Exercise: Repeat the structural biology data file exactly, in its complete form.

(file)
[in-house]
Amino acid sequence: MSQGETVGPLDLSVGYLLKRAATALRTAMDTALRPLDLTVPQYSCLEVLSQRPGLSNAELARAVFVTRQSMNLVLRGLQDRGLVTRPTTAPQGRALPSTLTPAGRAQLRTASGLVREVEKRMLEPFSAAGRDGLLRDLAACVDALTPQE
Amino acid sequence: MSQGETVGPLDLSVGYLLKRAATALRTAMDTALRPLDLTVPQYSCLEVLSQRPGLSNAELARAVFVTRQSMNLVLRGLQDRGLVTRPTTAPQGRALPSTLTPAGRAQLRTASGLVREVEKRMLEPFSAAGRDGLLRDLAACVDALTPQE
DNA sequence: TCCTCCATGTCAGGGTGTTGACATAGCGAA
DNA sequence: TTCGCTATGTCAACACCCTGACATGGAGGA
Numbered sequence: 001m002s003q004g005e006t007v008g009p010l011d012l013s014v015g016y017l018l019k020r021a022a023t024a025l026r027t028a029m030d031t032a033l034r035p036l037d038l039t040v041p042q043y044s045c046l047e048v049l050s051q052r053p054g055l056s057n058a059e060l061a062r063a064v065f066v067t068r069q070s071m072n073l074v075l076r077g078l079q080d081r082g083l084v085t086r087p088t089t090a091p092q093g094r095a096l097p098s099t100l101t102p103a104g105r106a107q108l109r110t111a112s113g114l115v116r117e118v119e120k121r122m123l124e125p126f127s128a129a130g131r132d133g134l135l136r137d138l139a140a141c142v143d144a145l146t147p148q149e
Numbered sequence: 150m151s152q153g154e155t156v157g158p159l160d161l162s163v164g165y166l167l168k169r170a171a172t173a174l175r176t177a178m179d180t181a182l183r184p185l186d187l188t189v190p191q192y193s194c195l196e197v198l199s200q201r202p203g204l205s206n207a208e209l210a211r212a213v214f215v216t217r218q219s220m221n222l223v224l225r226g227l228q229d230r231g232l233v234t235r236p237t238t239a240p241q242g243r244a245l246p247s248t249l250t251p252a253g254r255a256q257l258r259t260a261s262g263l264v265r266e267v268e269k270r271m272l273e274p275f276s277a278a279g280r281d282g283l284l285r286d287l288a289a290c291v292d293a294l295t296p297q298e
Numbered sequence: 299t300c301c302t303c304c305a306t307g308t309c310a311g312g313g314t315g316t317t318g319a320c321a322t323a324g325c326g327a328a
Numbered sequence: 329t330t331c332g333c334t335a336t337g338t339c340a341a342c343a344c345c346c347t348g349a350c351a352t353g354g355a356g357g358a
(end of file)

[in-house]
Amino acid sequence: MSQGETVGPLDLSVGYLLKRAATALRTAMDTALRPLDLTVPQYSCLEVLSQRPGLSNAELARAVFVTRQSMNLVLRGLQDRGLVTRPTTAPQGRALPSTLTPAGRAQLRTASGLVREVEKRMLEPFSAAGRDGLLRDLAACVDALTPQE
Amino acid sequence: MSQGETVGPLDLSVGYLLKRAATALRTAMDTALRPLDLTVPQYSCLEVLSQRPGLSNAELARAVFVTRQSMNLVLRGLQDRGLVTRPTTAPQGRALPSTLTPAGRAQLRTASGLVREVEKRMLEPFSAAGRDGLLRDLAACVDALTPQE
DNA sequence: TCCTCCATGTCAGGGTGTTGACATAGCGAA
DNA sequence: TTCGCTATGTCAACACCCTGACATGGAGGA
Numbered sequence: 001m002s003q004g005e006t007v008g009p010l011d012l013s014v015g016y017l018l019k020r021a022a023t024a025l026r027t028a029m030d031t032a033l034r035p036l037d038l039t040v041p042q043y044s045c046l047e048v049l050s051q052r053p054g055l056s057n058a059e060l061a062r063a064v065f066v067t068r069q070s071m072n073l074v075l076r077g078l079q080d081r082g083l084v085t086r087p088t089t090a091p092q093g094r095a096l097p098s099t100l101t102p103a104g105r106a107q108l109r110t111a112s113g114l115v116r117e118v119e120k121r122m123l124e125p126f127s128a129a130g131r132d133g134l135l136r137d138l139a140a141c142v143d144a145l146t147p148q149e
Numbered sequence: 150m151s152q153g154e155t156v157g158p159l160d161l162s163v164g165y166l167l168k169r170a171a172t173a174l175r176t177a178m179d180t181a182l183r184p185l186d187l188t189v190p191q192y193s194c195l196e197v198l199s200q201r202p203g204l205s206n207a208e209l210a211r212a213v214f215v216t217r218q219s220m221n222l223v224l225r226g227l228q229d230r231g232l233v234t235r236p237t238t239a240p241q242g243r244a245l246p247s248t249l250t251p252a253g254r255a256q257l258r259t260a261s262g263l264v265r266e267v268e269k270r271m272l273e274p275f276s277a278a279g280r281d282g283l284l285r286d287l288a289a290c291v292d293a294l295t296p297q298e
Numbered sequence: 299t300c301c302t303c304c305a306t307g308t309c310a311g312g313g314t315g316t317t318g319a320c321a322t323a324g325c326g327a328a
Numbered sequence: 329t330t331c332g333c334t335a336t337g338t339c340a341a342c343a344c345c346c347t348g349a350c351a352t353g354g355a356g357g358a